Areas of Interest: Planning and implementation of large-scale projects with a focus on the built environment, mixed-income and choice neighborhood redevelopment efforts, new urbanism as a tool to revitalize urban communities, and planning for communities of color.
April’s research focuses on how professional planners and universities plan for, engage with, and train students to work in communities of color. More specifically, she examines the ways that new urbanism can be used to develop mixed-income communities, as well as how planning programs can integrate issues of diversity and cultural competence into curriculum and departmental culture.
Her dissertation research explores plan implementation and how local actors use design to create communities that are diverse, well connected, equitable, and promote a sense of community in three mixed-income developments in Chicago. Findings indicate implementation of new urbanism was constrained by limited interagency coordination, restrictive design policies, low community buy-in, and exclusive marketing and occupancy practices. Her current research explores how Choice Neighborhood Initiatives (CNI) facilities more effective implementation of the built environment and community building practices compared to HOPE VI projects in Seattle, WA and Chicago, IL. She is particularly interested in how and whether CNI have reconciled some of the inconsistent program outcomes of HOPE VI in terms of the built environment and community building.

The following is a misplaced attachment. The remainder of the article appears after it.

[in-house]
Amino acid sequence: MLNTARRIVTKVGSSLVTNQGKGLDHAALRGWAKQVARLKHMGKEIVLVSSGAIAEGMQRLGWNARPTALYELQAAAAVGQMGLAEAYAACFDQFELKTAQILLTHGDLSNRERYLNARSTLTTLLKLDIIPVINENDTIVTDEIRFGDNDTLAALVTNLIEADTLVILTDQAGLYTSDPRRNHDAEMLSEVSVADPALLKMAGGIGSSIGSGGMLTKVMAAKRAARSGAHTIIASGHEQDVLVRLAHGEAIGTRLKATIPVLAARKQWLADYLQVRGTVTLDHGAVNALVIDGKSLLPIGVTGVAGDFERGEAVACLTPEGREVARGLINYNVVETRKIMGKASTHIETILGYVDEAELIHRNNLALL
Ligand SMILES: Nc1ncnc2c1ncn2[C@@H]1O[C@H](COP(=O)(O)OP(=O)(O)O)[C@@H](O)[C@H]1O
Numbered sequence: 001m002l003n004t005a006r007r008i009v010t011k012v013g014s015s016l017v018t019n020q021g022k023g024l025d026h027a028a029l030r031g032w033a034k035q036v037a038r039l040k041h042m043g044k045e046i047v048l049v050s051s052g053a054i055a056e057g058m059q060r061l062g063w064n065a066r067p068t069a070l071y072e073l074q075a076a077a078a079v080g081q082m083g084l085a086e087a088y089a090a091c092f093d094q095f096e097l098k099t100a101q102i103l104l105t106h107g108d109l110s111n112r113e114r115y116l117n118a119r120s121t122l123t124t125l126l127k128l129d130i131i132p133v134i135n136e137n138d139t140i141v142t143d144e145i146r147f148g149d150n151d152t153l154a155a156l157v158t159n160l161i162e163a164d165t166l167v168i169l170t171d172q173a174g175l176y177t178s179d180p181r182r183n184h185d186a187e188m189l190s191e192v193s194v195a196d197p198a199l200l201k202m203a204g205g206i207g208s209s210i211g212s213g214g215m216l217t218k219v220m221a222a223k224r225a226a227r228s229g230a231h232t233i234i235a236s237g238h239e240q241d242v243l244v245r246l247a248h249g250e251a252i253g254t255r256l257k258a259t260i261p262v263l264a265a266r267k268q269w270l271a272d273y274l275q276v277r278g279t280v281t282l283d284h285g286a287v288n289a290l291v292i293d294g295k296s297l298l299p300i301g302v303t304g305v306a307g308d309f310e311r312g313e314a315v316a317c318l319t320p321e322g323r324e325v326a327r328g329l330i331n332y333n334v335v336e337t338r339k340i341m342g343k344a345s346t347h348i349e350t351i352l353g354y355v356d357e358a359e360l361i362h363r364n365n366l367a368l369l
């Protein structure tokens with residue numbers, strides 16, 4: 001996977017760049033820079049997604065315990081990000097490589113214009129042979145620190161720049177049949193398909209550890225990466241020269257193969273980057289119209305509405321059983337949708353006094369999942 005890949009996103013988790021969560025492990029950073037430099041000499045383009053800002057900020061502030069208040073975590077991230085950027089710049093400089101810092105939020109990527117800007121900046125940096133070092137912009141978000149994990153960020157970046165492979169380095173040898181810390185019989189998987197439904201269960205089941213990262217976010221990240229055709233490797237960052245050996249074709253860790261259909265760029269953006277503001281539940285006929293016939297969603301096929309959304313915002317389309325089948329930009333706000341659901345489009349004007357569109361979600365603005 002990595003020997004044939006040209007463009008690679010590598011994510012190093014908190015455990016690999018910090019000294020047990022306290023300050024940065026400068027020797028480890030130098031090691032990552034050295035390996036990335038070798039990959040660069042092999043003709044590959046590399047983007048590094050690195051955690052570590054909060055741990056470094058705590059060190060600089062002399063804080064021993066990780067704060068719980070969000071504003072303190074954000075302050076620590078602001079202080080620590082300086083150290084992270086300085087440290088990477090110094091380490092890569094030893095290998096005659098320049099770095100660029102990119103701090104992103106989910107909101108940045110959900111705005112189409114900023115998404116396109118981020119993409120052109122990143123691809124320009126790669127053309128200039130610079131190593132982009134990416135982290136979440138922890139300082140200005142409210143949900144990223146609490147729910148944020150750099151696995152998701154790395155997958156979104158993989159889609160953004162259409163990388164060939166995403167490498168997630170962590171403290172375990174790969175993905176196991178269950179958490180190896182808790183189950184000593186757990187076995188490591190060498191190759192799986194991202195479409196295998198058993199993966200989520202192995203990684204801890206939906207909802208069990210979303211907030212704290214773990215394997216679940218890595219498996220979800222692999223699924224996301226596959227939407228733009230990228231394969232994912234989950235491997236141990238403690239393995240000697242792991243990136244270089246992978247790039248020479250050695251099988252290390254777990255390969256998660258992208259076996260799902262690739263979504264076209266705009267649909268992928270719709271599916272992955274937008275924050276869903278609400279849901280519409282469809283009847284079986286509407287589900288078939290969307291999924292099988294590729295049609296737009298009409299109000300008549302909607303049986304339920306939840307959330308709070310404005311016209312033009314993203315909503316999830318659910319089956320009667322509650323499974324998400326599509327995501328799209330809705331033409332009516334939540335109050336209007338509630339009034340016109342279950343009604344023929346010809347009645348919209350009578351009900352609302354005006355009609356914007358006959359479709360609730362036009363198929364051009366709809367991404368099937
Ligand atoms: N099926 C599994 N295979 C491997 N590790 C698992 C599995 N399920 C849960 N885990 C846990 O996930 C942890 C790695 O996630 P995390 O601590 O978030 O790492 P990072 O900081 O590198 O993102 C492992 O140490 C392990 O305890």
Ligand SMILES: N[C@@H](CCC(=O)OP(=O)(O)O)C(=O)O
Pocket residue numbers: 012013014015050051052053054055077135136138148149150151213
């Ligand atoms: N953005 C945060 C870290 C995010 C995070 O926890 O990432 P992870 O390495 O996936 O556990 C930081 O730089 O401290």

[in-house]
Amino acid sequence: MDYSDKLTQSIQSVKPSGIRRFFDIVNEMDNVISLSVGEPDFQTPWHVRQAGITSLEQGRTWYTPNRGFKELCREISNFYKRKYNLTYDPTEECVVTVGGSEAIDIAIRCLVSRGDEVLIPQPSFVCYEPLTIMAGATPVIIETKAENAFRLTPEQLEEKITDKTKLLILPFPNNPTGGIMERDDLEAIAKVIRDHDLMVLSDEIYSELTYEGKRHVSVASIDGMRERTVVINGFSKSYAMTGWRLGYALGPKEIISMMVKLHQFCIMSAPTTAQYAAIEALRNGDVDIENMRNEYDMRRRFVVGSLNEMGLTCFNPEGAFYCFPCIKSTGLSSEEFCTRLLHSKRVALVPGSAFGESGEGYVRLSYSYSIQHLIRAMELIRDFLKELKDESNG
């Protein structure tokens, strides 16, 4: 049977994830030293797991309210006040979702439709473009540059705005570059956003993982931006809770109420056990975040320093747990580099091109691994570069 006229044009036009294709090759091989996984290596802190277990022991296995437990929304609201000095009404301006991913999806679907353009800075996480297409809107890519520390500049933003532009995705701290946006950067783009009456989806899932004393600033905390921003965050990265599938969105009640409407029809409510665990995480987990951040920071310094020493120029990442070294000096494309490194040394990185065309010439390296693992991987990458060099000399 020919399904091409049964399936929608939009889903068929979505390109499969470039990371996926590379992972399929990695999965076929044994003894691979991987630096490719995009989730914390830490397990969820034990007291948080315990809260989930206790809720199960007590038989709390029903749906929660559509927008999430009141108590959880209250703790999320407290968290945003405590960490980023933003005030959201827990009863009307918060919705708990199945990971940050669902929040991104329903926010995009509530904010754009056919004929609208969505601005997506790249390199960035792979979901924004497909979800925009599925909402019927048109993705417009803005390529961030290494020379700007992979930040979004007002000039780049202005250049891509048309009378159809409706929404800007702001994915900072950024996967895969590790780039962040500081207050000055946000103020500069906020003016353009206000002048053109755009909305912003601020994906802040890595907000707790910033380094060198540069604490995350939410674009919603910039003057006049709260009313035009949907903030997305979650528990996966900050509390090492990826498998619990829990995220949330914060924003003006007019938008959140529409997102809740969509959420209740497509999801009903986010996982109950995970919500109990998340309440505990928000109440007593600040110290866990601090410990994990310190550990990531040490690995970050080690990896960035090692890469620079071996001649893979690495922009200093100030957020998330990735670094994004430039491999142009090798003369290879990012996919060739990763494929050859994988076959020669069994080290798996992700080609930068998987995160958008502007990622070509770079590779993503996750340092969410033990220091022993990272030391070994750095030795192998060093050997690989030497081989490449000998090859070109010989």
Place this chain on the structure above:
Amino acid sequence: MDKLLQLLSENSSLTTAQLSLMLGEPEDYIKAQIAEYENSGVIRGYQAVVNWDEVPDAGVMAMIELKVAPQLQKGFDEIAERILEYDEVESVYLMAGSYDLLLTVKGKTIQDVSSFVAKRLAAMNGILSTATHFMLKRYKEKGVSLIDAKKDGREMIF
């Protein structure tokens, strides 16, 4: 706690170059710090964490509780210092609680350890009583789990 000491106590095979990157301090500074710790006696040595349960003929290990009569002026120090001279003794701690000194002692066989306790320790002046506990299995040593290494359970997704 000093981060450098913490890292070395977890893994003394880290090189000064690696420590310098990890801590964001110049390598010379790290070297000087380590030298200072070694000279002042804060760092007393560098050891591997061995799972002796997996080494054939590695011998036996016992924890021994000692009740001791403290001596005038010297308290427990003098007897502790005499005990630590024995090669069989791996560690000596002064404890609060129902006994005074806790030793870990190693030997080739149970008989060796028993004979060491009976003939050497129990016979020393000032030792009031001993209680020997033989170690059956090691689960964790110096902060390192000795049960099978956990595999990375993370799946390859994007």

April is also working on two projects that examine different aspects around how planning programs can work towards creating more inclusive places that value and promote diversity. The first recently completed project is a study on the climate for diversity within urban planning programs and was conducted in partnership with the Association of Collegiate Schools of Planning Planners of Color Interest Group. Results showed that while the majority of students report an overall supportive and positive climate for diversity within their programs, students still report occurrences of bias and discrimination, describe the shortcomings of a lack of faculty diversity within planning schools, and perceive persistent challenges around diversity within planning practice. The second project extends this work in partnership with the American Planning Association, which examines how practitioners perceive or experience diversity within the urban planning field and the steps necessary to bridge planning higher education and culturally competent practices in the planning profession. A third research project spans four institutions, which includes FSU, University of Utah, California State University-Los Angeles, and New Mexico State University and tests various pedagogical techniques (e.g. activity-based learning, subject-based learning and community practice) to understand how public affairs departments can train students to more effectively work in diverse communities through building cultural competence.